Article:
Now, as explained above, this is only one of three methods Salto offers for matching data across environments, and while this is the default and recommended one, it’s important that you are aware of its pros and cons:


  • No setup is required; it just works out of the box

  • The best method to truly treat CPQ data as metadata

  • Consistent and logical


  • Inflexible. The Salesforce ID is used as the Salto ID, and there’s no way to change that. For example, you can’t take 2 different records in 2 different orgs and tell Salto to treat them as one.

  • CPQ records created outside of Salto will have mismatched Salto IDs even if they are logically the same.

Let’s now move on to the next mechanism.

Use an External ID

This method is also meant to be used for treating CPQ data as metadata. Here, you must create a unique text field marked as an external ID in all the CPQ objects that you want to manage through Salto.

Salto does not provide a method to populate these records with a unique value in this field. You are responsible for creating such a mechanism, which is typically done by creating a batch apex job that goes through these records and stamps that field with a unique value.

The unique value can be anything you want, it can be the Salesforce ID or the Salesforce ID plus other field values, etc.

Once the ID is in the record, Salto will treat it as the Salto ID, and all Salto operations will behave as expected when a record in another environment has the same Salto ID.

Here are the pros and cons of this approach:


  • Extremely flexible. You have full control of what becomes the Salto ID, and you can update your records in any way you want, be it automated or even manually.

  • You can tell Salto that 2 records are meant to be treated as one simply by making sure both of them have the same value in the external ID field.

  • Supports records created outside of Salto (see point above)


  • You are responsible for all the logic and infrastructure required to ensure the IDs are unique and always populated. If IDs are missing or are not unique, Salto will behave in unexpected ways.

  • Salto is unable to offer any support in regard to the logic and infrastructure for generating the IDs.

  • It’s not straightforward to know how an ID was generated. Only someone from your team with intimate knowledge of your setup can answer that question.

To enable this mechanism, please contact support.

Use field values-based IDs

The final method creates a Salto ID by concatenating field values from a record, where it is assumed that the result of this concatenation will be a unique value.

Let’s say you have a product record with the following field values:

  • Name: Laptop

  • Family: Electronics

  • Product Code: 004

You can configure Salto to use these 3 fields to create a Salto ID, which would result with Laptop_Electronics_004. If another product is found in another org with the same field values, its Salto ID will be the same, and Salto will consider them to be the same record.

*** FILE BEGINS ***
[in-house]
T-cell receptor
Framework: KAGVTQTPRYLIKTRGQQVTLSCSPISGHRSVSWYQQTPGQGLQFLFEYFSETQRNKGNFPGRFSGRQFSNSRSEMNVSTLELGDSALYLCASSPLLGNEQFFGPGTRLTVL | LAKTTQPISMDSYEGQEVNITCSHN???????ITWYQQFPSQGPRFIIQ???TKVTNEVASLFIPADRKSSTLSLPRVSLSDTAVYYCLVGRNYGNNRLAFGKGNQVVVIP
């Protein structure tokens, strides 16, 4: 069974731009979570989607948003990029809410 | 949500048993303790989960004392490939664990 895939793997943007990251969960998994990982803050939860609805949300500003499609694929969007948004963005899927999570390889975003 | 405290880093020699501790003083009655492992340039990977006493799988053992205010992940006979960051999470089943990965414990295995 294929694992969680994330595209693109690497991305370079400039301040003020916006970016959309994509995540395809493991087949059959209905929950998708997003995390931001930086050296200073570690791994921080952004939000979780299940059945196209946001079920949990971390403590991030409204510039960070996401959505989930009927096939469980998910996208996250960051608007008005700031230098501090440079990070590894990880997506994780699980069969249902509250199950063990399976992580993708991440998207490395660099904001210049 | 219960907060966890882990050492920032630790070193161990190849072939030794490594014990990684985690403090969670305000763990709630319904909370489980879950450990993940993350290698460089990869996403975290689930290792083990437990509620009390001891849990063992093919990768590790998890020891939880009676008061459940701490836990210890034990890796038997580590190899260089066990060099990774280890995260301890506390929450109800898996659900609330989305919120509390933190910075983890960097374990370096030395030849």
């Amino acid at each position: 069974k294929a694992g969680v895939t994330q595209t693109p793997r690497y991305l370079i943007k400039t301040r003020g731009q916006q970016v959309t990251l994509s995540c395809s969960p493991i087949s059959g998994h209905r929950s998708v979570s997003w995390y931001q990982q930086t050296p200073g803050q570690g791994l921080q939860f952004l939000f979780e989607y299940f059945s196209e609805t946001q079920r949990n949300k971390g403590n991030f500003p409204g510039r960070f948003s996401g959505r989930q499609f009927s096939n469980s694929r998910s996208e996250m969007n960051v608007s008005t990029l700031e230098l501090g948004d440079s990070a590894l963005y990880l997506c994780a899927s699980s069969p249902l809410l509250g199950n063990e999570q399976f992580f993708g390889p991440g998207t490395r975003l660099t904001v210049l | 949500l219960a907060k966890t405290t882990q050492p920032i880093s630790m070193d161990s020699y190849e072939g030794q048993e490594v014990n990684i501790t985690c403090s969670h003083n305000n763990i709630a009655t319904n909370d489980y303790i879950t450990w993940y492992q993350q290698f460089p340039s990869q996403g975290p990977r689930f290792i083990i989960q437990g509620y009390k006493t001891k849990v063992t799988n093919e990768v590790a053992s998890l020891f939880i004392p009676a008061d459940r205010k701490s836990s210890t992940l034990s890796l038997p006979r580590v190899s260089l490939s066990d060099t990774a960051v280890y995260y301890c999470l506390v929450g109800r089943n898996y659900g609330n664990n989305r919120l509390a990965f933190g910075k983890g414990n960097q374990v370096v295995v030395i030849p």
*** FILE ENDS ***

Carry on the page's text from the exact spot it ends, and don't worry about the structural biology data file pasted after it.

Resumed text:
Salto provides a default configuration for all standard CPQ objects and the fields that determine the ID. You can, however, modify this configuration or come up with your own. Contact support for more details on enabling this option.

Here are the pros and cons of this approach:


  • Flexible. You can decide which field values (and in what order) make up the Salto ID.

  • Easy to reason about how the Salto ID was generated—just look at your Salto configuration.

  • You can tell Salto to treat 2 different records as one by making sure the field values that make up the ID match.


  • Very prone to conflicts. It’s possible for multiple records to end up with the same combination of field values, resulting in duplicate Salto IDs. These records will not be fetched to your Salto environment.

  • When the field values change, so does the Salto ID. This may or may not be what you want or expect.

This method is considered suboptimal to the previous two; however, you can still use it if you want.


In conclusion, Salto offers three distinct methods for managing CPQ data: Salesforce Record ID, External ID, and field values-based IDs.

Each method has its unique merits and drawbacks, tailored to cater to different circumstances.

The Salesforce Record ID method stands out for its simplicity and out-of-the-box functionality, making it our top recommendation for those treating CPQ data as metadata. It offers predictability, replicability across sandboxes, and minimal setup.

Using an External ID is also a viable choice, particularly for those seeking high flexibility and control. Although it requires more setup and maintenance, it allows you to have complete control over what constitutes a Salto ID.

On the other hand, while the field values-based IDs offer a degree of flexibility, they are more prone to conflicts and may lead to unexpected changes to Salto IDs. Therefore, it's less ideal unless the specific use case warrants this approach.

Choosing the right method ultimately depends on your specific needs, the resources available for setup and maintenance, and your long-term data management strategy.

Here is a summary of the three approaches:





Salesforce ID




External ID field

Only if you want full control


Very flexible

Field-value ID

Yes, for basic implementations



And here’s what Salto recommends you use each method for:


Sandbox seeding

CPQ data as metadata

Salesforce ID



External ID field

No—too complex

Recommended—if you are happy to own the ID generation logic

Field-value ID

Only in simple seeding scenarios

No—ID conflicts are highly likely